Piracy Solution Must Be Found

Thursday, June 28, 2001
Asian countries need to join forces to combat the piracy that makes the region's sea lanes the most dangerous in the world. Pirate booty these days include cargoes of oil worth millions of dollars rather than the treasure chests of earlier centuries, but today's buccaneers can still be cut-throat murderers. Incidents of piracy have increase 50 percent worldwide in the past year, and around half the attacks and hijackings occur in Southeast Asia.

Indonesia, the world's largest archipelego state, was singled out as the country with the biggest problem at the meeting of 20 nations in Kuala Lumpur. There were over 100 acts of piracy in Indonesian waters alone last year. "We are very concerned about Indonesia, extremely concerned," P.K. Mukundan, director of the International Maritime Bureau, said. In the past week, three ships were attacked in the Strait of Malacca between Indonesia and Malaysia, Malaysian Marine Police Commander Muhamad Muda told reporters. One of them, a tanker, was recaptured by the Indonesian Navy on Wednesday off the coast of Kalimantan, the Indonesian state on the island of Borneo, said Commander Muhamad. On Monday, a tanker loaded with palm oil was boarded at anchor in Indonesian waters. The captain was seized and is being held for ransom. Another tanker heading to Singapore was hit on Wednesday when pirates took cash and jewelry then fled.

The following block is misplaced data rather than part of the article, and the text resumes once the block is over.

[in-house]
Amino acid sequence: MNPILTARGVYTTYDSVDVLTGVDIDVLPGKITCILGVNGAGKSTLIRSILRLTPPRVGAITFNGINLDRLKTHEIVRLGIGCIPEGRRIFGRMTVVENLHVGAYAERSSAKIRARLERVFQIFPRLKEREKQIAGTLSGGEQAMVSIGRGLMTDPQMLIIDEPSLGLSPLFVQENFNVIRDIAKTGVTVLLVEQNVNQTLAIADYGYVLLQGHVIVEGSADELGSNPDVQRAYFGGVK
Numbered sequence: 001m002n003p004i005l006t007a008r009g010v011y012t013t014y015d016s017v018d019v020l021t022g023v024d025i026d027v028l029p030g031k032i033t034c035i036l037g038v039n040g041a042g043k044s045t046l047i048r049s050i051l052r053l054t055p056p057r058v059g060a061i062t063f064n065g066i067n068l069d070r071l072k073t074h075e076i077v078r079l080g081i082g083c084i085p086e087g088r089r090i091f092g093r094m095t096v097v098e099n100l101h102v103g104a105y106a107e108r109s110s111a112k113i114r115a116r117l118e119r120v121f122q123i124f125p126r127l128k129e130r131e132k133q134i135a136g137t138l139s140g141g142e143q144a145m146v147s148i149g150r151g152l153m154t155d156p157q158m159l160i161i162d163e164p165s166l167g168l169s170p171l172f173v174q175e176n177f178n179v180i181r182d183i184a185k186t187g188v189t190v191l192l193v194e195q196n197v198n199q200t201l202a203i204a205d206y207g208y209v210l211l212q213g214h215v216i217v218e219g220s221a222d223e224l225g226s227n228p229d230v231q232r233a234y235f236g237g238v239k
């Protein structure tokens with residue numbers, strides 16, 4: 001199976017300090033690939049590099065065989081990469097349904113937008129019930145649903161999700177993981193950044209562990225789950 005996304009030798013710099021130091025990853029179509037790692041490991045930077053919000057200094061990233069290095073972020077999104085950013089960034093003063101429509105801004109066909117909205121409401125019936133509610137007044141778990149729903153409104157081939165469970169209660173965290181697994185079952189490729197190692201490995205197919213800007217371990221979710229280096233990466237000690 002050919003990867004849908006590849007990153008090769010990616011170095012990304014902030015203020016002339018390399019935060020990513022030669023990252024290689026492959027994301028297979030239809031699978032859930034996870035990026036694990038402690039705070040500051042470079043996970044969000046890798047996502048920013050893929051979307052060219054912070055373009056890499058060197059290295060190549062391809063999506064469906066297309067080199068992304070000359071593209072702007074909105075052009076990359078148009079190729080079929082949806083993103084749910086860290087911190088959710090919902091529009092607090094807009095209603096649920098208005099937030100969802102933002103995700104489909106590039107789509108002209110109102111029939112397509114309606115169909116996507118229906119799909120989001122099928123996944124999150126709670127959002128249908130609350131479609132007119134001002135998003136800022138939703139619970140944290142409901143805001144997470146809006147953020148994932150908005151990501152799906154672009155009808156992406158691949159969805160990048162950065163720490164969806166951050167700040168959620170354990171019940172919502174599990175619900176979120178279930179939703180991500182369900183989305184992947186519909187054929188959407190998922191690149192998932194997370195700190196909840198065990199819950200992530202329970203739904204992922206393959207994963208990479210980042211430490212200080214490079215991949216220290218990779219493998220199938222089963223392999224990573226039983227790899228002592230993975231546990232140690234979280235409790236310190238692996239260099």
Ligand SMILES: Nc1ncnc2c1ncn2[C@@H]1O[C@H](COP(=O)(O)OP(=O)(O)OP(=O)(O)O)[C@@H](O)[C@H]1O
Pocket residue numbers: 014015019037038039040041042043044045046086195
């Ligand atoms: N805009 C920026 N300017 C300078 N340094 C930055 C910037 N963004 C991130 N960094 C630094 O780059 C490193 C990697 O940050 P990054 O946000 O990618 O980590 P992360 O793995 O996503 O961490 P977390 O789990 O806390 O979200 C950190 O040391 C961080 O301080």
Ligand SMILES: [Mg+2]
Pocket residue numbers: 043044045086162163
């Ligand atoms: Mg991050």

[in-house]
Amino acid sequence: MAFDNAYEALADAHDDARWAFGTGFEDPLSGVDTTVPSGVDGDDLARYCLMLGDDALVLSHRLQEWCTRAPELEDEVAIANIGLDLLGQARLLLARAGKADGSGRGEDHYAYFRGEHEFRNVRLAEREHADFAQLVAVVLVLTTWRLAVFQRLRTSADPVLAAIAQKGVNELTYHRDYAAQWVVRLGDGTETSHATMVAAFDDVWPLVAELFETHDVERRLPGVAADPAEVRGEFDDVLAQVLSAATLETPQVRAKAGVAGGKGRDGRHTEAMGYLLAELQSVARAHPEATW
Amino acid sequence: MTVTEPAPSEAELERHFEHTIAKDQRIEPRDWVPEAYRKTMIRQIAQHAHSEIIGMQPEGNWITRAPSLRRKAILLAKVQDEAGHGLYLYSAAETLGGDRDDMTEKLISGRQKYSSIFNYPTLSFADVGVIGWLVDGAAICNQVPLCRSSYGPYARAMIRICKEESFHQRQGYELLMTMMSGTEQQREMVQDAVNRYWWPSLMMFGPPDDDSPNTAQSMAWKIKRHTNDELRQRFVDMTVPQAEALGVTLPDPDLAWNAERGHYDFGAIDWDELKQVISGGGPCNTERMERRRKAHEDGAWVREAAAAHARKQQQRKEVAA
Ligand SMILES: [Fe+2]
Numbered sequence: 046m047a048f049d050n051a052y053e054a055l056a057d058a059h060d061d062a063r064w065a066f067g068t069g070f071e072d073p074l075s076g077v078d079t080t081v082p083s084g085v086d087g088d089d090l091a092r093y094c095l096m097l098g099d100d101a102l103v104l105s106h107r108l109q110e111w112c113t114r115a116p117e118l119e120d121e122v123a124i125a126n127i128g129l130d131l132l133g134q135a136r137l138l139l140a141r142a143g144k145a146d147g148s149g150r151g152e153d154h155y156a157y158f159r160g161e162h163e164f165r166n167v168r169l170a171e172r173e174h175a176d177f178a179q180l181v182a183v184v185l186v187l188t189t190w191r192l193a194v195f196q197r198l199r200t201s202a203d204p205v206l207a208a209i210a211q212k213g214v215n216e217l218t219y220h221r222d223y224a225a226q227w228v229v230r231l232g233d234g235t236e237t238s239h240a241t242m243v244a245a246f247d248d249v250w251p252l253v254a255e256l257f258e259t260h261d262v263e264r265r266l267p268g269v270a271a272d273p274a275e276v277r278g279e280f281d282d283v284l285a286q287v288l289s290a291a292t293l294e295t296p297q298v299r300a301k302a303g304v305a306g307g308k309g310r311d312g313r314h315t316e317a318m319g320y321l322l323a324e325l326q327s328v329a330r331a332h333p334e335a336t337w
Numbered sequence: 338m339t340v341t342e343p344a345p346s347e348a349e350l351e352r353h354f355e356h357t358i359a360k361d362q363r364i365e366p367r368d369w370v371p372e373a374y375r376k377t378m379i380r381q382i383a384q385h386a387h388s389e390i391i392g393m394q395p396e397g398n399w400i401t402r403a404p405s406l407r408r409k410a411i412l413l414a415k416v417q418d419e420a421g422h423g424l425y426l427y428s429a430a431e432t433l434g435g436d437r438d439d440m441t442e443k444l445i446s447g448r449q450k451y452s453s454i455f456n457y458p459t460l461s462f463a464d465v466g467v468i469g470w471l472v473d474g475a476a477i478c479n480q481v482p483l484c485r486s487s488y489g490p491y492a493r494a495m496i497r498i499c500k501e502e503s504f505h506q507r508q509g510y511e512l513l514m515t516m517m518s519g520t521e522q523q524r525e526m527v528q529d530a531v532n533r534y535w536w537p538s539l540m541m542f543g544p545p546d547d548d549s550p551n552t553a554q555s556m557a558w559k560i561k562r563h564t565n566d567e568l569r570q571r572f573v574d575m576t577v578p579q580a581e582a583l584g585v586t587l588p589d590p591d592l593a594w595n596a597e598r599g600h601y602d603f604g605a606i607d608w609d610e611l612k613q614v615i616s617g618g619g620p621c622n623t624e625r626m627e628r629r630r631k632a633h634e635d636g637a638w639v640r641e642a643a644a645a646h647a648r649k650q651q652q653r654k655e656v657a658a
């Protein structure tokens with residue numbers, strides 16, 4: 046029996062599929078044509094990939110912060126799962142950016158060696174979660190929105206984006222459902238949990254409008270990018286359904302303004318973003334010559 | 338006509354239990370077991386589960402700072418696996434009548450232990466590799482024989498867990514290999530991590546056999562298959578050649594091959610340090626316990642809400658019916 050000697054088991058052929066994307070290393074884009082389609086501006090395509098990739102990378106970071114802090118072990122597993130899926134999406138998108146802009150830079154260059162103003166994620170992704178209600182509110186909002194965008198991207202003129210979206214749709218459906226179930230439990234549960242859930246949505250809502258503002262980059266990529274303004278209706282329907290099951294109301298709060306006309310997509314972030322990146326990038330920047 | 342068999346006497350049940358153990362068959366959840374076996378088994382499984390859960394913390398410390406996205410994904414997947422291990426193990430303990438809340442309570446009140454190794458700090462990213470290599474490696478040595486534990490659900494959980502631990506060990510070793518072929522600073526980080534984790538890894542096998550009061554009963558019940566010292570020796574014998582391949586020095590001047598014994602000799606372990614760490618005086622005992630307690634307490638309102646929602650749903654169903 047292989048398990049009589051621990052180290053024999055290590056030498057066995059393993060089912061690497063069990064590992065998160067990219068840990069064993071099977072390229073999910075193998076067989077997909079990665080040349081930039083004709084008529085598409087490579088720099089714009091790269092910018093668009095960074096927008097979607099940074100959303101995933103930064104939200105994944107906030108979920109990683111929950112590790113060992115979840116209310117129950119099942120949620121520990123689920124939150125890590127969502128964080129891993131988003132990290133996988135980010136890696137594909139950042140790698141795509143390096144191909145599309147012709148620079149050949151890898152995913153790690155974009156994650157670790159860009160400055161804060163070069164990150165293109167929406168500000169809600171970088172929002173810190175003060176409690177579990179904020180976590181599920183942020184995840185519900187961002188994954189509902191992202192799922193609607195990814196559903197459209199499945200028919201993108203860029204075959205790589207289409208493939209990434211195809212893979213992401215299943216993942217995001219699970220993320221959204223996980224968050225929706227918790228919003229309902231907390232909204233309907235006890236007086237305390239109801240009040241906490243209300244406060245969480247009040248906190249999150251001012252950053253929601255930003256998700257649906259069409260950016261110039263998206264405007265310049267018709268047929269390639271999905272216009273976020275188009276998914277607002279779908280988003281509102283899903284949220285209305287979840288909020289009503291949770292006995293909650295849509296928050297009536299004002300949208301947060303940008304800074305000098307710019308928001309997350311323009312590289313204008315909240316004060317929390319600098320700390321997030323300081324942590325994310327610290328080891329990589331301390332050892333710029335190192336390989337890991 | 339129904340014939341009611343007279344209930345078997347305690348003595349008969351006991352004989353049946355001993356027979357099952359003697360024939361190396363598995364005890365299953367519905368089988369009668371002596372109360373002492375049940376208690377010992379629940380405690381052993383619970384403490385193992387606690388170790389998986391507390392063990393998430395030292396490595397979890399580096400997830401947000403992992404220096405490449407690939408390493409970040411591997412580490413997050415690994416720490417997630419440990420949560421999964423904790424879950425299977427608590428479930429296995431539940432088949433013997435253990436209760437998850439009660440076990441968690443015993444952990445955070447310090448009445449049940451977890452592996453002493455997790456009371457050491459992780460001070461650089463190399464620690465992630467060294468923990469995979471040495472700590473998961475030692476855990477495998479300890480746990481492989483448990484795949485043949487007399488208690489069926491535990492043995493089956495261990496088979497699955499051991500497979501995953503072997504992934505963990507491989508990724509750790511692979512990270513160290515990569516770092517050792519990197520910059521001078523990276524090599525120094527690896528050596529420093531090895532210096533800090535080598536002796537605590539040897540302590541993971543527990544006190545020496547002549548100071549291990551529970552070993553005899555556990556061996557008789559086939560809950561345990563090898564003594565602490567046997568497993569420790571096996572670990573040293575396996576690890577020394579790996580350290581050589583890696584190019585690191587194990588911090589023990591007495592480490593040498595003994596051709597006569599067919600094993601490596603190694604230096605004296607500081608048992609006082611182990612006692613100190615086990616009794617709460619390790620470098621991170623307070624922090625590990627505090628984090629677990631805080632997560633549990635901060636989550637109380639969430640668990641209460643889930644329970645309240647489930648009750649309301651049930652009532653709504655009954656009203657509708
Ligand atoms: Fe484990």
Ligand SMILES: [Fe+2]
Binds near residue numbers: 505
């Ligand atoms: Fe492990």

Mukundan expected the dramatic rise in piracy to render the region's sea lanes "extremely unsafe" unless governments took serious action. On Tuesday a Japanese delegate criticized the lack of cross-border co-operation. Eighty percent of Japan's oil passes through the Strait of Malacca. Mukundan said piracy has become big business. "Multi-million dollar cargoes are being hijacked in one country, the ship moves on ...changes its name and its flag and tries to sell the cargo."

Piracy is also becoming more bloodthirsty, with 72 sailors murdered worldwide last year versus three in 1999, according to Malaysia. "In 1998 I said I didn't think pirates were violent...but now I think that's changed. It's all planned now. Premeditated murder is not out of the question," said Reverend Peter Ellis from Hong Kong's Mission-Seafarers.

"I've known two people who gave up the sea because of their ships being attacked," added Ellis, who counsels seamen fearful of having to pass through the same pirate-infested waters. Malaysia says it has drastically cut attacks on its side of the Strait and on Tuesday its marine forces put on a high-powered sea and air demonstration of how it deals with pirates and other maritime threats. Commander Muhamad characterized most pirates as petty thieves, operating in gangs of four or five aboard a single speedboat. "They use weapons in the forms of long knives. So far there is no evidence that they are using firearms," said Muhamad. He said Malaysia had been successful at chasing them out of its waters. - (Reuters)

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